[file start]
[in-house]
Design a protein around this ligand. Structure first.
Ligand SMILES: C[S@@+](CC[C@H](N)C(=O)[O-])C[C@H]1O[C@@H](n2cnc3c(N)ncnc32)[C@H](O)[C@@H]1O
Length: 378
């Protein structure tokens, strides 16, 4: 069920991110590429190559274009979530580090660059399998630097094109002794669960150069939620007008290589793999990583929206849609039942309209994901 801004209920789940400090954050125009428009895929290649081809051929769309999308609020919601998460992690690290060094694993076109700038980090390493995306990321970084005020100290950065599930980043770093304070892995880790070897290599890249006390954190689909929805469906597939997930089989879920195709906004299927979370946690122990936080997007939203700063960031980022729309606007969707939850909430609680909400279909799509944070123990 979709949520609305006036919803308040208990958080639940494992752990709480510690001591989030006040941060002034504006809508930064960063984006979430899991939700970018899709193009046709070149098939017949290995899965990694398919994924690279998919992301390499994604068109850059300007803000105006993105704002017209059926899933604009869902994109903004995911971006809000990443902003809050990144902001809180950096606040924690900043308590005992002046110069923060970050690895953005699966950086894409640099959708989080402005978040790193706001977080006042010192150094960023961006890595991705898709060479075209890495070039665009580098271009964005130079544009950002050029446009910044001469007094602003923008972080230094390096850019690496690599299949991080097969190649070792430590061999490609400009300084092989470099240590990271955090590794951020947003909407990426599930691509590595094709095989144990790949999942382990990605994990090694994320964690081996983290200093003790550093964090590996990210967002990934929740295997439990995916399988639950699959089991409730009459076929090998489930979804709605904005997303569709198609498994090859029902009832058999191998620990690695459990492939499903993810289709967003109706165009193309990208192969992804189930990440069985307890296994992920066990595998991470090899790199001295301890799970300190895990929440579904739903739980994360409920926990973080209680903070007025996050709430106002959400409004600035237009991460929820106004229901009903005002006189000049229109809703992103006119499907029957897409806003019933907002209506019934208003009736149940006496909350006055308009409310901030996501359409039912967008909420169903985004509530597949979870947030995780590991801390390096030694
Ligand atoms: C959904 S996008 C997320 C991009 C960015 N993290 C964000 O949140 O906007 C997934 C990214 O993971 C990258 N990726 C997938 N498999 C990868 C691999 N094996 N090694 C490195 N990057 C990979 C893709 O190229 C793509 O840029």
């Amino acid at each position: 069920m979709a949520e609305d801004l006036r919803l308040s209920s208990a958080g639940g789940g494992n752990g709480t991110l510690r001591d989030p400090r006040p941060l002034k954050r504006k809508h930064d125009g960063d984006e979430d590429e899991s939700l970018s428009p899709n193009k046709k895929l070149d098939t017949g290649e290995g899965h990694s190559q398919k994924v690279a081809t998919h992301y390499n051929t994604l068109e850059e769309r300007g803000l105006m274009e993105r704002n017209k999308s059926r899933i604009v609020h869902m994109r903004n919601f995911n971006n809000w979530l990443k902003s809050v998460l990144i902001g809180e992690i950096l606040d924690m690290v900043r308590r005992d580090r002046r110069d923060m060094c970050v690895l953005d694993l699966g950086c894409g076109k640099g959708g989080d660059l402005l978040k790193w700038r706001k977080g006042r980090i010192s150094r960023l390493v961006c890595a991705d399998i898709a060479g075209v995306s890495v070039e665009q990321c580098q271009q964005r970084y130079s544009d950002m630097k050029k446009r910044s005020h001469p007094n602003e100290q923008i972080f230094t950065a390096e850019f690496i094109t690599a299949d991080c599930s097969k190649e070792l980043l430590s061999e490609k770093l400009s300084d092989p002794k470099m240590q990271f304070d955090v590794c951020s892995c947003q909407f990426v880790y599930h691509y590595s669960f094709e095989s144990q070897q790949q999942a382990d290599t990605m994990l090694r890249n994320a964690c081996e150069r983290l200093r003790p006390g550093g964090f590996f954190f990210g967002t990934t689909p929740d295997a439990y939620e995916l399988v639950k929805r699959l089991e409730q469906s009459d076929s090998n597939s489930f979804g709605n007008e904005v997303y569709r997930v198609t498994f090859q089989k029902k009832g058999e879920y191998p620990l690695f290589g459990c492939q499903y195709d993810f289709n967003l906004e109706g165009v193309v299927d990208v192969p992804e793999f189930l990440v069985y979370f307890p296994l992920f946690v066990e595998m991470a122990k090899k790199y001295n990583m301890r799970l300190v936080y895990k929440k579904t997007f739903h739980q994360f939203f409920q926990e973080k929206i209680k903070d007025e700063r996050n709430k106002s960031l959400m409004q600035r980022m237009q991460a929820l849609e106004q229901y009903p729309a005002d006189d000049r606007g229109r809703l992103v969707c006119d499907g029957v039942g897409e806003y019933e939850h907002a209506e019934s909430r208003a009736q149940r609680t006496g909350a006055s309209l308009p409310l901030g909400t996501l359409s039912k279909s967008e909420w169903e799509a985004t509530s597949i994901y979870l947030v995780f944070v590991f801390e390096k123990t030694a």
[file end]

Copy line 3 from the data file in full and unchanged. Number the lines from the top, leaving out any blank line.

Ligand SMILES: C[S@@+](CC[C@H](N)C(=O)[O-])C[C@H]1O[C@@H](n2cnc3c(N)ncnc32)[C@H](O)[C@@H]1O